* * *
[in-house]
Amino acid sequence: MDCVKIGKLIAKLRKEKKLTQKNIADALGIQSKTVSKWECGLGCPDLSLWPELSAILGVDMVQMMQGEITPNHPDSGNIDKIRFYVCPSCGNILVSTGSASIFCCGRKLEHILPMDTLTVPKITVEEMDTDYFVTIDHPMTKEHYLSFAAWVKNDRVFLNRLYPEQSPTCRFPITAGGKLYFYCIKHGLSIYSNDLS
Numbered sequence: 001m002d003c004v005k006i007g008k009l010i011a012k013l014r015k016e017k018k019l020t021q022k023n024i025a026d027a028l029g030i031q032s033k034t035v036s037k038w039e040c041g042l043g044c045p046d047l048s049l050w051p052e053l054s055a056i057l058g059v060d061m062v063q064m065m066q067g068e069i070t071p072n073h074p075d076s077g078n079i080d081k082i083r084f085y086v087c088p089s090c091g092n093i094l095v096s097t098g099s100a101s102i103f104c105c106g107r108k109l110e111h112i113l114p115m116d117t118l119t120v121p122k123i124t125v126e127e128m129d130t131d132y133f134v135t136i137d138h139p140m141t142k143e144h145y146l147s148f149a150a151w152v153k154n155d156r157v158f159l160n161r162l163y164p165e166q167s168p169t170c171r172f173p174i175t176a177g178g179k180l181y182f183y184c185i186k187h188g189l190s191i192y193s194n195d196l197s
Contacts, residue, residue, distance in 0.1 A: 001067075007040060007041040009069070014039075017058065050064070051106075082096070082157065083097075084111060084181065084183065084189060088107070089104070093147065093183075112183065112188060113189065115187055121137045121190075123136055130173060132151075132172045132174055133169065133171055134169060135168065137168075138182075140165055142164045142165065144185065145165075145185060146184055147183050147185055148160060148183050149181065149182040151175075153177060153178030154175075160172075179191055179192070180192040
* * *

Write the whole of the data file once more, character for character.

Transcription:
[in-house]
Amino acid sequence: MDCVKIGKLIAKLRKEKKLTQKNIADALGIQSKTVSKWECGLGCPDLSLWPELSAILGVDMVQMMQGEITPNHPDSGNIDKIRFYVCPSCGNILVSTGSASIFCCGRKLEHILPMDTLTVPKITVEEMDTDYFVTIDHPMTKEHYLSFAAWVKNDRVFLNRLYPEQSPTCRFPITAGGKLYFYCIKHGLSIYSNDLS
Numbered sequence: 001m002d003c004v005k006i007g008k009l010i011a012k013l014r015k016e017k018k019l020t021q022k023n024i025a026d027a028l029g030i031q032s033k034t035v036s037k038w039e040c041g042l043g044c045p046d047l048s049l050w051p052e053l054s055a056i057l058g059v060d061m062v063q064m065m066q067g068e069i070t071p072n073h074p075d076s077g078n079i080d081k082i083r084f085y086v087c088p089s090c091g092n093i094l095v096s097t098g099s100a101s102i103f104c105c106g107r108k109l110e111h112i113l114p115m116d117t118l119t120v121p122k123i124t125v126e127e128m129d130t131d132y133f134v135t136i137d138h139p140m141t142k143e144h145y146l147s148f149a150a151w152v153k154n155d156r157v158f159l160n161r162l163y164p165e166q167s168p169t170c171r172f173p174i175t176a177g178g179k180l181y182f183y184c185i186k187h188g189l190s191i192y193s194n195d196l197s
Contacts, residue, residue, distance in 0.1 A: 001067075007040060007041040009069070014039075017058065050064070051106075082096070082157065083097075084111060084181065084183065084189060088107070089104070093147065093183075112183065112188060113189065115187055121137045121190075123136055130173060132151075132172045132174055133169065133171055134169060135168065137168075138182075140165055142164045142165065144185065145165075145185060146184055147183050147185055148160060148183050149181065149182040151175075153177060153178030154175075160172075179191055179192070180192040